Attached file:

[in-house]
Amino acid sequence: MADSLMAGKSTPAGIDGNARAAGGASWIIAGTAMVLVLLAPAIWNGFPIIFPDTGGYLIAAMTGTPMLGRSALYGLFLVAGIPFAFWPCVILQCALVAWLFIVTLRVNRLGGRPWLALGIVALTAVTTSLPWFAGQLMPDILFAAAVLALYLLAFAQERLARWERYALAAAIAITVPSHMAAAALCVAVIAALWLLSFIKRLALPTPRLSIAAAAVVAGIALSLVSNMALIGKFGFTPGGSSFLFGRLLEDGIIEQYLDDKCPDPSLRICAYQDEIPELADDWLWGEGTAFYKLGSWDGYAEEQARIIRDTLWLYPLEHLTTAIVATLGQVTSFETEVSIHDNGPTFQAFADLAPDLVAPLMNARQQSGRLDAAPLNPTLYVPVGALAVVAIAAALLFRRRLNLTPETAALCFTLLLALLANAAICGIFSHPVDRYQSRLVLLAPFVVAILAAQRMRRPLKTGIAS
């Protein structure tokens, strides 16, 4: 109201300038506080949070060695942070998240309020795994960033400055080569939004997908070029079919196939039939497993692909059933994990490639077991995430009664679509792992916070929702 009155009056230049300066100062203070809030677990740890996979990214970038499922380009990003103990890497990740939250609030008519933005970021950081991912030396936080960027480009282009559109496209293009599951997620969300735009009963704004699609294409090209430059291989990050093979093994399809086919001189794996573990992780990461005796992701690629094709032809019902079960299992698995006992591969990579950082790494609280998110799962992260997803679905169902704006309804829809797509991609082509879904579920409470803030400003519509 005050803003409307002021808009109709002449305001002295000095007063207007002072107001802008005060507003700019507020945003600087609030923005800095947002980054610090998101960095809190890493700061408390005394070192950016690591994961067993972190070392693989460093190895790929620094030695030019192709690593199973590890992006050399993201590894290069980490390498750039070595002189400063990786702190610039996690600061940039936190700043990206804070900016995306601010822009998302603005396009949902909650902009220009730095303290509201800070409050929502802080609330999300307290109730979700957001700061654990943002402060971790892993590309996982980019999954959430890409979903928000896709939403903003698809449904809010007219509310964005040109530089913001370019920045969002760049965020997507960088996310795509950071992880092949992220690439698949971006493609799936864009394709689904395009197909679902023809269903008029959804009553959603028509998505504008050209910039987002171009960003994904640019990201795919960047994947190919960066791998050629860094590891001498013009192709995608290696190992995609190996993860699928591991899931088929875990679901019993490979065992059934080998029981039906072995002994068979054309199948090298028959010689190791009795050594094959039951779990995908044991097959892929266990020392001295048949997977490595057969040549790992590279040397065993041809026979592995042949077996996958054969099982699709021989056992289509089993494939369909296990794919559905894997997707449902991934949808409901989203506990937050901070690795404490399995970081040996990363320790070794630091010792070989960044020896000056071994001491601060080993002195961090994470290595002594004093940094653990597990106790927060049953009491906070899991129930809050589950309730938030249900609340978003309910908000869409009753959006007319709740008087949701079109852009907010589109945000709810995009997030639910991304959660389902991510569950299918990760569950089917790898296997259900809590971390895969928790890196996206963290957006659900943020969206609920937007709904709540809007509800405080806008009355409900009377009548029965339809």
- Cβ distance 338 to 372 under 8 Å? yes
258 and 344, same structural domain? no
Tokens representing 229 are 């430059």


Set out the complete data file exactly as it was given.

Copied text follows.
[in-house]
Amino acid sequence: MADSLMAGKSTPAGIDGNARAAGGASWIIAGTAMVLVLLAPAIWNGFPIIFPDTGGYLIAAMTGTPMLGRSALYGLFLVAGIPFAFWPCVILQCALVAWLFIVTLRVNRLGGRPWLALGIVALTAVTTSLPWFAGQLMPDILFAAAVLALYLLAFAQERLARWERYALAAAIAITVPSHMAAAALCVAVIAALWLLSFIKRLALPTPRLSIAAAAVVAGIALSLVSNMALIGKFGFTPGGSSFLFGRLLEDGIIEQYLDDKCPDPSLRICAYQDEIPELADDWLWGEGTAFYKLGSWDGYAEEQARIIRDTLWLYPLEHLTTAIVATLGQVTSFETEVSIHDNGPTFQAFADLAPDLVAPLMNARQQSGRLDAAPLNPTLYVPVGALAVVAIAAALLFRRRLNLTPETAALCFTLLLALLANAAICGIFSHPVDRYQSRLVLLAPFVVAILAAQRMRRPLKTGIAS
């Protein structure tokens, strides 16, 4: 109201300038506080949070060695942070998240309020795994960033400055080569939004997908070029079919196939039939497993692909059933994990490639077991995430009664679509792992916070929702 009155009056230049300066100062203070809030677990740890996979990214970038499922380009990003103990890497990740939250609030008519933005970021950081991912030396936080960027480009282009559109496209293009599951997620969300735009009963704004699609294409090209430059291989990050093979093994399809086919001189794996573990992780990461005796992701690629094709032809019902079960299992698995006992591969990579950082790494609280998110799962992260997803679905169902704006309804829809797509991609082509879904579920409470803030400003519509 005050803003409307002021808009109709002449305001002295000095007063207007002072107001802008005060507003700019507020945003600087609030923005800095947002980054610090998101960095809190890493700061408390005394070192950016690591994961067993972190070392693989460093190895790929620094030695030019192709690593199973590890992006050399993201590894290069980490390498750039070595002189400063990786702190610039996690600061940039936190700043990206804070900016995306601010822009998302603005396009949902909650902009220009730095303290509201800070409050929502802080609330999300307290109730979700957001700061654990943002402060971790892993590309996982980019999954959430890409979903928000896709939403903003698809449904809010007219509310964005040109530089913001370019920045969002760049965020997507960088996310795509950071992880092949992220690439698949971006493609799936864009394709689904395009197909679902023809269903008029959804009553959603028509998505504008050209910039987002171009960003994904640019990201795919960047994947190919960066791998050629860094590891001498013009192709995608290696190992995609190996993860699928591991899931088929875990679901019993490979065992059934080998029981039906072995002994068979054309199948090298028959010689190791009795050594094959039951779990995908044991097959892929266990020392001295048949997977490595057969040549790992590279040397065993041809026979592995042949077996996958054969099982699709021989056992289509089993494939369909296990794919559905894997997707449902991934949808409901989203506990937050901070690795404490399995970081040996990363320790070794630091010792070989960044020896000056071994001491601060080993002195961090994470290595002594004093940094653990597990106790927060049953009491906070899991129930809050589950309730938030249900609340978003309910908000869409009753959006007319709740008087949701079109852009907010589109945000709810995009997030639910991304959660389902991510569950299918990760569950089917790898296997259900809590971390895969928790890196996206963290957006659900943020969206609920937007709904709540809007509800405080806008009355409900009377009548029965339809």
- Cβ distance 338 to 372 under 8 Å? yes
258 and 344, same structural domain? no
Tokens representing 229 are 């430059």